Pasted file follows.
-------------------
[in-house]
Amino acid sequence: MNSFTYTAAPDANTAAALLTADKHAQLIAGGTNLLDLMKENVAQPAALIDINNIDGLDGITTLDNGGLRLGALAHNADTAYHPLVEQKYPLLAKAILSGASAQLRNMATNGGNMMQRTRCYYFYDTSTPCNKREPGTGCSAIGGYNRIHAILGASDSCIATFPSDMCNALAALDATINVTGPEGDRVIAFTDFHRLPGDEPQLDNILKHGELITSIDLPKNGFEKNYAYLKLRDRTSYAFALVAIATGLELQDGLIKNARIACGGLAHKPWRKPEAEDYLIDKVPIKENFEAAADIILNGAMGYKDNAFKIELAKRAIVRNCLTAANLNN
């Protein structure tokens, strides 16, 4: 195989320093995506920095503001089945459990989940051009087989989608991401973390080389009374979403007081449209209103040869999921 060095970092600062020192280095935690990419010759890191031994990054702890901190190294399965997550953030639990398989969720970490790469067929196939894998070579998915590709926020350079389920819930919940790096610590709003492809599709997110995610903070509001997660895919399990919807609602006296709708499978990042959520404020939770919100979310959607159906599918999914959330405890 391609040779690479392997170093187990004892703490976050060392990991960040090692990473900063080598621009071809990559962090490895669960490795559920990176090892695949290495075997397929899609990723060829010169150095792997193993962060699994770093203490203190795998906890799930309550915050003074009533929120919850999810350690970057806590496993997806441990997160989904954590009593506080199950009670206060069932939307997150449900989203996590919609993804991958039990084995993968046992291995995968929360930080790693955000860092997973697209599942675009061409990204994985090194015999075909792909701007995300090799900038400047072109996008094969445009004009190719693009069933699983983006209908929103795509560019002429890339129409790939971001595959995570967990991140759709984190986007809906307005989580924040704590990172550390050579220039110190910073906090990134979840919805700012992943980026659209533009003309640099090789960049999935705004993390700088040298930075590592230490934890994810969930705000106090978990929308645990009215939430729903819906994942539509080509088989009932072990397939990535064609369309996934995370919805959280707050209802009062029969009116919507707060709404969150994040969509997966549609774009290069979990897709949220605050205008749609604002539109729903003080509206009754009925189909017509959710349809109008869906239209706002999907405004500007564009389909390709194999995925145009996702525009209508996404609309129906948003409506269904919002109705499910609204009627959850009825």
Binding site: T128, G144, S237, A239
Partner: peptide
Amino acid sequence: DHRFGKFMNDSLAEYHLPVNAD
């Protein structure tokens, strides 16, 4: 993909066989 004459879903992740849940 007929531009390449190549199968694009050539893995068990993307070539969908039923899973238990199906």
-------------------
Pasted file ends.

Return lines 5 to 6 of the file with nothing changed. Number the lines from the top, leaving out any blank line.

Partner: peptide
Amino acid sequence: DHRFGKFMNDSLAEYHLPVNAD